In addition to the broad strategic outlook, dedicated groups are able to reach into both prospective studies prior to launch and retrospective studies after launch. This capability ensures a continued portfolio of recent and relevant comparative effectiveness data to present to payers.
For companies that do not have a product portfolio that justifies a dedicated group, teams from medical affairs and managed markets should work closely, especially as a product approaches launch, to coordinate their efforts and ensure that payer needs are met. One interviewed team leader suggests meeting at least weekly to update counterparts on product developments.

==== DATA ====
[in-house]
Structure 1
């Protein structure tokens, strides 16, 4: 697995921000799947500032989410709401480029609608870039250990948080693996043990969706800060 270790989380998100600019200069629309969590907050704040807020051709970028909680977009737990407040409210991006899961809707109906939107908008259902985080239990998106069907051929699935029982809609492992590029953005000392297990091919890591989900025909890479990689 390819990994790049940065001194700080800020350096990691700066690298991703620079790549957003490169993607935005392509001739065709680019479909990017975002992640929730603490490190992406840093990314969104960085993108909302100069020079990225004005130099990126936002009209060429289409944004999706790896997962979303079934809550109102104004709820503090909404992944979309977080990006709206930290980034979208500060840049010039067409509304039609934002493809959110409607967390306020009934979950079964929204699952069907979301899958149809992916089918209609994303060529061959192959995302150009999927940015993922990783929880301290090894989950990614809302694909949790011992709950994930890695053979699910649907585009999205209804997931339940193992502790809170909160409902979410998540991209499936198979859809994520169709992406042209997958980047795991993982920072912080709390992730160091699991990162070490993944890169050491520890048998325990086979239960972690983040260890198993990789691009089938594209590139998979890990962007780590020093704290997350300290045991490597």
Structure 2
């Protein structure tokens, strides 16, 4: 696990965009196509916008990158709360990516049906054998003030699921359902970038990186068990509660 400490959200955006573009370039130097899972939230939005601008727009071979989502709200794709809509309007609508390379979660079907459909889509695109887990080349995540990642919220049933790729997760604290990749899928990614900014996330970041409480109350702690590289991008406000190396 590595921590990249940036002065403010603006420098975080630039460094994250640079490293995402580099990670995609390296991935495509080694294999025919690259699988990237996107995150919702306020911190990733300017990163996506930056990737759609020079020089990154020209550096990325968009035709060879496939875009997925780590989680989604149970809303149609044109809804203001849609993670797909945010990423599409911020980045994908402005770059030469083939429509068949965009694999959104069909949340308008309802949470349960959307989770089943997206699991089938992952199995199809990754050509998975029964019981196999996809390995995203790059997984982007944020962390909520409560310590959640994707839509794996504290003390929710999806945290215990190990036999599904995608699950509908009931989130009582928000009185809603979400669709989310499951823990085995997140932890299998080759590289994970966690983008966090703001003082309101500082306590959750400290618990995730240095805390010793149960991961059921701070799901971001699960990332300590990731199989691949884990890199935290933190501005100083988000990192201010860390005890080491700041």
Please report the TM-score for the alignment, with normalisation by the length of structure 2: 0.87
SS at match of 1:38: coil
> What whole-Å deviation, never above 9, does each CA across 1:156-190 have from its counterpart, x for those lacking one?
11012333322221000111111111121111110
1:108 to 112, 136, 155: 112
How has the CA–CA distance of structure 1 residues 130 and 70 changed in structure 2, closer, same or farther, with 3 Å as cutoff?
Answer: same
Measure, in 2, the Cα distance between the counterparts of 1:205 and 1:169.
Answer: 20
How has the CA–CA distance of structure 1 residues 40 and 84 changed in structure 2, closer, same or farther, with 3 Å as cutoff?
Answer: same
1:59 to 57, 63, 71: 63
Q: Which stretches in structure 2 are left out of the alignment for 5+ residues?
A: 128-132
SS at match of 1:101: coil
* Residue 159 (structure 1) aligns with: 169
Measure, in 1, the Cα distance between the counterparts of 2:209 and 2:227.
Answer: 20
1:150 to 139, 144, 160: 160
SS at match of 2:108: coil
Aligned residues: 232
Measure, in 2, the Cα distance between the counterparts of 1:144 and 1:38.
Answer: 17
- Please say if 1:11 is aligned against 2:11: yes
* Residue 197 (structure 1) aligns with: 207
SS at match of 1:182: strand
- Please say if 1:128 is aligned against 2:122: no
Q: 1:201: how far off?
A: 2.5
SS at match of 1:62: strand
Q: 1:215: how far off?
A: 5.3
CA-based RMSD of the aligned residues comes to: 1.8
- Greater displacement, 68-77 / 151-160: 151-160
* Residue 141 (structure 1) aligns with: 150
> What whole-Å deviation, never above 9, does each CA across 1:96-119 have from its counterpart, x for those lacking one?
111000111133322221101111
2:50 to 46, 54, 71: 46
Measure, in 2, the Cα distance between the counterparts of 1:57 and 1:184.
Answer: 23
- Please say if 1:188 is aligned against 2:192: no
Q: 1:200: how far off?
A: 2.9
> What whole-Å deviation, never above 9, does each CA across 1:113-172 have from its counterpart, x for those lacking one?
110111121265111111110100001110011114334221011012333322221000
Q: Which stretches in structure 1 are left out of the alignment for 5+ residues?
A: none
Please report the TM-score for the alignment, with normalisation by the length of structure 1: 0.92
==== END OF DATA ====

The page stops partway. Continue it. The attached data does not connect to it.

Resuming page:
For small companies with limited resources, the scale of comparative effectiveness research being requested from some payers can present a significant challenge. Even at larger operations, prioritization of resources often leaves comparative effectiveness close to the bottom of the list until the product is almost launched.
Companies in this position, and even after launch, should be able to find a useful role for specialty, boutique health economics vendors that provide significant value to companies while still returning a high-quality product. Several interviewed team leaders express confidence in the value of these boutique operations that pull heavily on their experience in health economics.